The UK’s Financial Conduct Authority (FCA) issues new guidance clarifying digital asset promotion rules, including the need for FCA authorization and clear, non-misleading advertisements.
- The FCA has released new guidance outlining its expectations for firms promoting digital asset offerings in the United Kingdom.
- These guidelines do not introduce new obligations but offer further clarity on the responsibilities that became effective at the start of October.
- Digital asset advertisements now require FCA authorization in the UK and must adhere to specific criteria, including being fair, clear, and non-misleading.
- The FCA has issued warnings to non-compliant digital asset promoters, with concerns about industry engagement and a growing number of warnings issued.
The New Guidance: A Closer Look
The FCA’s new guidance aims to provide greater insight into the regulations surrounding digital asset promotions in the United Kingdom. These regulations, which came into effect at the beginning of October, mandate FCA authorization for any digital asset advertisement within the country.
FCA issues new guidance on how to comply with digital asset promotion ruleshttps://t.co/NkAeYeFVTG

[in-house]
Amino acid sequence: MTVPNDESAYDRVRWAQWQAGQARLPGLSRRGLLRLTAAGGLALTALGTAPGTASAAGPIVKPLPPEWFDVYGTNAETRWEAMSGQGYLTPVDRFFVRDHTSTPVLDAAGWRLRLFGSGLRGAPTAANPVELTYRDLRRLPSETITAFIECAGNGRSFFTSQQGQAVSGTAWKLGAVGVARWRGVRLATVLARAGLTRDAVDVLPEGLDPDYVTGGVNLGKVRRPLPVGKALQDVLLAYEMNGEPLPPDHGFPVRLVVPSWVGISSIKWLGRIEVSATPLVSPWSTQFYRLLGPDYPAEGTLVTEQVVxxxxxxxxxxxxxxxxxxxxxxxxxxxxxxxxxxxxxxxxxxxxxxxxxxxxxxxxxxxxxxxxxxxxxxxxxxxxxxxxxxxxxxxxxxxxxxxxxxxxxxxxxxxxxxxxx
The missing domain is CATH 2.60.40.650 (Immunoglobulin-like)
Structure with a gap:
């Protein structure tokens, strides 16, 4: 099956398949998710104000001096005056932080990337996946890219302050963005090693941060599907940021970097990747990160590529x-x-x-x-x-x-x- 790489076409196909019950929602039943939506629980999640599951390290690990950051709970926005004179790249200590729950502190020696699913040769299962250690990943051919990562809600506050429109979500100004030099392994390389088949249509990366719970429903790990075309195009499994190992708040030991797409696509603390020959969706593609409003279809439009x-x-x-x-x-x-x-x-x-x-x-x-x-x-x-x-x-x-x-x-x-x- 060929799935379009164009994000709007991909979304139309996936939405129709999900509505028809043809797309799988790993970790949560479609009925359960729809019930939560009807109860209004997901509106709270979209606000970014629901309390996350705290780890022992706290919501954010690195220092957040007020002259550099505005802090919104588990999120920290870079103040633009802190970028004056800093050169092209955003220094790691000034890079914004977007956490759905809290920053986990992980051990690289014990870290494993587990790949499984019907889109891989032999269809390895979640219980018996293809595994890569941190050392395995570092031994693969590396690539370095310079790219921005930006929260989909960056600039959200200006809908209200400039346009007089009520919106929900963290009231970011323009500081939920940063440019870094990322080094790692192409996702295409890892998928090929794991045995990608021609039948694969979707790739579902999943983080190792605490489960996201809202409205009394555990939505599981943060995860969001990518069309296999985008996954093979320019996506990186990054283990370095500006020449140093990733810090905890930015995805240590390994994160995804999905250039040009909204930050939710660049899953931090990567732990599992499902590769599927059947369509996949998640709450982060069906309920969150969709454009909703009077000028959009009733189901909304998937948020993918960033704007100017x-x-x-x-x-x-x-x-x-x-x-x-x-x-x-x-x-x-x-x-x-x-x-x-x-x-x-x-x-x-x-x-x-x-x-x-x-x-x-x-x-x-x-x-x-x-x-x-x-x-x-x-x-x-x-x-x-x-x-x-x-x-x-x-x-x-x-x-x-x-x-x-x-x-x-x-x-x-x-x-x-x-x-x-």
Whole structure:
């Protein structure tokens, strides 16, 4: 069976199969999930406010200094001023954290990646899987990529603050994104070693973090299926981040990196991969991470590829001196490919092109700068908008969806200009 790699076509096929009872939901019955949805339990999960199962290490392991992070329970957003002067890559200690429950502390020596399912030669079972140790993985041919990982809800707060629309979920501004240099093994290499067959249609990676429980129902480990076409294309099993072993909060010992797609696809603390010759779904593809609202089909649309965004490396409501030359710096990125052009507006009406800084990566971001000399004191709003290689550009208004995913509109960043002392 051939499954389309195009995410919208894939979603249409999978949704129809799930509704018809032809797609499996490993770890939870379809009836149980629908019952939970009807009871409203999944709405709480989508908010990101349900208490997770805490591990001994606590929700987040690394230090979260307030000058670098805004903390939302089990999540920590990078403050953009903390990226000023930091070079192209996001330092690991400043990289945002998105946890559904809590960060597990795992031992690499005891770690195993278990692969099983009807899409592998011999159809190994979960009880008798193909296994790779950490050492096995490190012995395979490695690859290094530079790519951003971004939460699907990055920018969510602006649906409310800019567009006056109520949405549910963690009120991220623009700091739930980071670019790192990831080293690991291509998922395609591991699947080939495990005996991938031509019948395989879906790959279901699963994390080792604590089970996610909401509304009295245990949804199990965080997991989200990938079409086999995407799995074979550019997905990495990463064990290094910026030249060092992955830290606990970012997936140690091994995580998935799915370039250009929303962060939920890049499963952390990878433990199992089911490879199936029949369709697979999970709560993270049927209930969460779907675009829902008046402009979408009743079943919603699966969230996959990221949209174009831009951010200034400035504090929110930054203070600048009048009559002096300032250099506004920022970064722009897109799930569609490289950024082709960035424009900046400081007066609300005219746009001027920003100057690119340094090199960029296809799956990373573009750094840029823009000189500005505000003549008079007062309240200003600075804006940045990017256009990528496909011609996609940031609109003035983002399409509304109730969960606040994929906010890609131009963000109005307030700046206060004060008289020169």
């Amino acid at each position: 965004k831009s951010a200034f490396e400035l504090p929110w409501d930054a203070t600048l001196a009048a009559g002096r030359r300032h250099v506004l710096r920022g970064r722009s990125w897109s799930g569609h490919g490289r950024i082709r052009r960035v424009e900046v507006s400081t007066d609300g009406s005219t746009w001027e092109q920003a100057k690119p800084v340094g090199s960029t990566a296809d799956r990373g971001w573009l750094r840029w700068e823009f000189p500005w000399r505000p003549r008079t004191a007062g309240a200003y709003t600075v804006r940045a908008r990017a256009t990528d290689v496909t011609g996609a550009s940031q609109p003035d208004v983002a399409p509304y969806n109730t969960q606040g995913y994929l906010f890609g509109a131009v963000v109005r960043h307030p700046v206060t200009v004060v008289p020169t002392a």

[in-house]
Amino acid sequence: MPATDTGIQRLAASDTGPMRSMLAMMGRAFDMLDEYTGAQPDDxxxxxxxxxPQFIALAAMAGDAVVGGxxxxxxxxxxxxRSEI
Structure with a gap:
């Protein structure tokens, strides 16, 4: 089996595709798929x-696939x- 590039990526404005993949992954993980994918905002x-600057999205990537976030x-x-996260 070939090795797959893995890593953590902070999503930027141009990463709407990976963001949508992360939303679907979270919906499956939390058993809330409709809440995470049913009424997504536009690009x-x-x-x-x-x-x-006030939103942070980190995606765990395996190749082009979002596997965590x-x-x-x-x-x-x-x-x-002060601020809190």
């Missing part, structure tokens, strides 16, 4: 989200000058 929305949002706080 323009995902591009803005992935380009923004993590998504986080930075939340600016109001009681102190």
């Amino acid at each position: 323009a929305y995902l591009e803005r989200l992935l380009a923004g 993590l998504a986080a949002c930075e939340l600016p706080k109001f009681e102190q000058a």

— John Morgan (@johnmorganFL) November 7, 2023
Lucy Castledine, Director of Consumer Investments at the FCA, emphasized the alignment of these rules with existing high-risk investment regulations while acknowledging the need to support crypto firms in compliance.
The guidance emphasizes the importance of ensuring digital asset promotions are “fair, clear, and not misleading.” Firms are expected to conduct substantial due diligence on the cryptoassets they promote and consider consumers’ information needs. Factors such as clarity, risk comprehension, providing balanced information, avoiding exaggerated claims, and disclosing costs are all crucial aspects of compliance.
Challenges in Compliance
The FCA’s concerns about non-compliance were substantiated by the issuance of 146 warnings within the first 24 hours of the rules’ implementation, which later increased to 221. Common issues identified included overly optimistic safety claims, insufficiently visible risk warnings, and a lack of adequate information about product risks.
Non-compliant firms have been added to the FCA’s ‘warning list,’ and the regulator possesses the authority to ban non-compliant advertisements. Furthermore, breaching these promotional rules is considered a criminal offense, carrying penalties of up to two years imprisonment, unlimited fines, or both.
In conclusion, the FCA’s new guidance on digital asset promotion rules aims to provide clarity and ensure transparency in the rapidly evolving digital asset market. With a growing number of warnings issued and stringent penalties for non-compliance, the FCA underscores its commitment to safeguarding investors and promoting responsible digital asset advertising practices.